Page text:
Ultrarunning Edge Blog
That Awful "Snap": Recovering from a Broken Ankle Print E-mail
Written by Bruce R. Copeland   
Friday, 14 October 2011 17:45

Some of you know I was out of commission most of this past summer after breaking my ankle on Memorial Day weekend. It has taken until now to pretty much fully recover.

This all began on a drizzly morning trail run. I had been out for about an hour and was feeling pretty good when I arrived at the wooden foot bridge over the creek in Corner Canyon. This is one of those curved, wooden, Japanese-style bridges. I've been across it dozens of times in the past. fib1 Yes it can be treacherous on a frosty morning, but temperatures were in the high 30's. I didn't give it a second thought. I ran to the crest of the bridge and took one more step, at which point both my feet shot out from underneath me, and I was sliding down the bridge on my back. At the base of the bridge there is a slight lip. My left foot caught the lip, and as the leg buckled under I heard that awful "snap". After 10 or 20 seconds of intense pain and nausea, I cautiously got up on my uninjured leg and began to test a little weight on the injured leg. Initially the foot on the injured leg was canted to the side at an odd angle. However, as soon as I put weight on the foot, I felt the ankle rotate back into correct position, and the ankle was stable again. I was about 1/4 mile from a trailhead, so I called my wife and some friends to come meet me, and I hobbled to the trailhead.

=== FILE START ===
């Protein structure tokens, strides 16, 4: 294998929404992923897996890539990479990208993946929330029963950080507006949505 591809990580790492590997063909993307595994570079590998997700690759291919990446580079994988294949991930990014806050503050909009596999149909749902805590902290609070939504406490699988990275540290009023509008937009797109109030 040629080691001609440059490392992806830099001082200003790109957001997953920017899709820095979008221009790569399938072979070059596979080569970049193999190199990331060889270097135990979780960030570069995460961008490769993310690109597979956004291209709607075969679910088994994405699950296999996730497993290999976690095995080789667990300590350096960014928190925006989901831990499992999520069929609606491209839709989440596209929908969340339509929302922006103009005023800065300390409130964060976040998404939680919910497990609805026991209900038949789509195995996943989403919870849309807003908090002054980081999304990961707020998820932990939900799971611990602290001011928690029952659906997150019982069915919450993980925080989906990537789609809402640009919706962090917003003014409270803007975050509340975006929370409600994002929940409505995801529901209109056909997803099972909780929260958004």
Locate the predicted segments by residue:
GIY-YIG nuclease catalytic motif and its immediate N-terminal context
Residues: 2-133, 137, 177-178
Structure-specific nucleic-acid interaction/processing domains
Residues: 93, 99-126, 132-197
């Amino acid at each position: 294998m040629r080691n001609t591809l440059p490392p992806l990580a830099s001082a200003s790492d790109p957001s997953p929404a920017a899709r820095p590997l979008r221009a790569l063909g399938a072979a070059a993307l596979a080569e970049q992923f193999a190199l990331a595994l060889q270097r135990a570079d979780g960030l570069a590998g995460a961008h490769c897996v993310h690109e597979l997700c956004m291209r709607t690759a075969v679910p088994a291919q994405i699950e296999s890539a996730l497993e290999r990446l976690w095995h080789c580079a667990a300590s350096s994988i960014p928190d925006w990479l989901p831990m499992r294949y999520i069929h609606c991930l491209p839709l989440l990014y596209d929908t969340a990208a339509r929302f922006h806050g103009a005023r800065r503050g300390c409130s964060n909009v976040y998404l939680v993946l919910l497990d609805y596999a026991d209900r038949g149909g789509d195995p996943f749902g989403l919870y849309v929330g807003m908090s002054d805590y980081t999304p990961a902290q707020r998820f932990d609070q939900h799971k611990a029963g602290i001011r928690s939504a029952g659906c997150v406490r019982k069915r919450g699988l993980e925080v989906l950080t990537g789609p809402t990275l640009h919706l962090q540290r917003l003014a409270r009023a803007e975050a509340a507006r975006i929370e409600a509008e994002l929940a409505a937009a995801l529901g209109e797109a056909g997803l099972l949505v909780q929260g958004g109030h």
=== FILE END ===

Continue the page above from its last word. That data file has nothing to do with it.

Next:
A trip to the ER and some X-rays confirmed what I had known all along. My ankle was broken. The break involved only the fibula (3 inches above the ankle bone). The fibula is basically a stabilizer rod for the ankle, but it supports only about 5% of body weight when walking, which is why I was able to hobble for 1/4 mile without intense pain. The X-rays showed the broken bone to be almost correctly lined up, so the ER doctor gave me a strap on boot cast, some crutches, and told me to see an orthopaedist.
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Speedwork for Running Training—Deconstructing the Jargon Print E-mail
Written by Bruce R. Copeland   
Saturday, 25 October 2008 08:24

All runners benefit from a certain amount of speedwork. Speedwork can substantially improve overall health and fitness, and that applies equally to those of us who do trail running and ultramarathons. In fact, it is sometimes claimed that ultrarunners develop slow legs because we spend too large a fraction of our mileage doing long, slow distances.

But what kind of speedwork? The terminology can be confusing and often doesn't describe either how the workout is done or what the workout is supposed to accomplish. So here's a breakdown of the main types of speed work for ALL runners:
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